At this point nobody knew I was fluent in Japanese. I let the young gentleman dig a deeper hole for himself. As he became louder and angrier, complaining turned to ordering me to stand up for him!

Now, the passengers around me couldn’t remain silent and started telling him to stop talking in a loud and aggressive manner. “You’re disturbing this passenger (me) and all of the passengers”. His response:

“This dirty gaijin should stand up for me because this is my country!” Then he yelled in my face, “stand up for me, you dirty gaijin!”


Train Trouble Turnaround: My ‘Gaijin’ Not-So-Diplomatic Dismount

I stood slowly and offered my abuser my seat. I towered above him, and in the packed train we were in very close proximity.

He sobered up fast, eyes darting everywhere in search of an escape route. We were just pulling away from the station and he checked which one it was. His whimpering response to my invitation for him to be seated was something along the lines of “Umm… no, no, that’s fine. I’m getting off at the next stop.”

No way was I letting him get off at the next stop. I repeated in a way that clearly wasn’t an invitation. “Sit down”!

He remained frozen.


I grabbed the ragdoll by the shoulder pads of his cheap salaryman suit and forced him into the seat he had been so desperate for.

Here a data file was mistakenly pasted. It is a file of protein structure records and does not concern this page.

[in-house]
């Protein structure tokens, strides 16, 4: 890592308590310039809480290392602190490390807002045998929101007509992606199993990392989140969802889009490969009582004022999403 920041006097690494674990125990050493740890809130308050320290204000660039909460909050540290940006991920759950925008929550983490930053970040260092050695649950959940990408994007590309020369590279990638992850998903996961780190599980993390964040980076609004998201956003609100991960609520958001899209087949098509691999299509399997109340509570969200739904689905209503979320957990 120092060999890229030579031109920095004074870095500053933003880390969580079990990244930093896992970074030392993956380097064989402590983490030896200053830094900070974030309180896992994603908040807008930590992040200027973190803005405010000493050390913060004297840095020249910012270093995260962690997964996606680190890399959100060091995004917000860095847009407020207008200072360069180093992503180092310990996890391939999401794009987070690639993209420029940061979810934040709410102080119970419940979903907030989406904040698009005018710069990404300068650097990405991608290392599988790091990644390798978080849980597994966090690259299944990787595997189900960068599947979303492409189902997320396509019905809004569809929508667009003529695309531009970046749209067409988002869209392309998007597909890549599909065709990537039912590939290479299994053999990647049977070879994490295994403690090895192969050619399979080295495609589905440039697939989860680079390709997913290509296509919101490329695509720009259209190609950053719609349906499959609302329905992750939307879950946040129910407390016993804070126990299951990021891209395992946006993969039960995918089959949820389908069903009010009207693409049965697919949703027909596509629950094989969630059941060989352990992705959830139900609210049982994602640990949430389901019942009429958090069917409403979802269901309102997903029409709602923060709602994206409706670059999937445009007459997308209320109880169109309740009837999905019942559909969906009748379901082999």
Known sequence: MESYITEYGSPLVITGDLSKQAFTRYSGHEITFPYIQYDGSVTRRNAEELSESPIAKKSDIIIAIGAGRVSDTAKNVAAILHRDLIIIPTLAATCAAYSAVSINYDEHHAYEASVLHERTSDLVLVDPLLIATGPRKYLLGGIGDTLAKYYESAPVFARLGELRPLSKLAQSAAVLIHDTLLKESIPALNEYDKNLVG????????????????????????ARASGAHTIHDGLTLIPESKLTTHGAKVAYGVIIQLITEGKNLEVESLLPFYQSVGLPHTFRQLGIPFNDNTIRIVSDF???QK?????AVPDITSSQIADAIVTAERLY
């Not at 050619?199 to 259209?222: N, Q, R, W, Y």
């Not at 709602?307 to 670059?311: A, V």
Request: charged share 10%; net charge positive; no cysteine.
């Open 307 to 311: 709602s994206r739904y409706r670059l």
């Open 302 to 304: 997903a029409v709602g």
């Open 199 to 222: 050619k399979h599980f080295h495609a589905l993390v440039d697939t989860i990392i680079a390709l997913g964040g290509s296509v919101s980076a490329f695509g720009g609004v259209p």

All eyes, including my prisoner’s, were on me as he landed heavily in the seat, head jerking back, smacking hard against the window behind him.

Apologies and Applause: Aussie Gaijin 1 – Drunk Salaryman 0

In fluent, polite Japanese I explained, since he was drunk, I would not call the police, but I would like to explain some important facts.

“From my point of view, you are the Gaikokujin” (a polite way to refer to Gaijin). “Further, Tanaka-san – I see your name and company right there on your name tag. I could raise a complaint with your employer about the discriminatory way you’ve assaulted me here tonight, but I won’t do that.”

I went on to explain how, even though he may have an ill-informed opinion about non-Japanese people from meaningless banter among his equally uneducated mates, not all people are the same.

“Just like all of the people in this train carriage here tonight. They are behaving normally, just trying to get home after a long day – except you.”


Using some fairly ‘colourful’ descriptive words in Japanese, I explained that he’d behaved like an ass!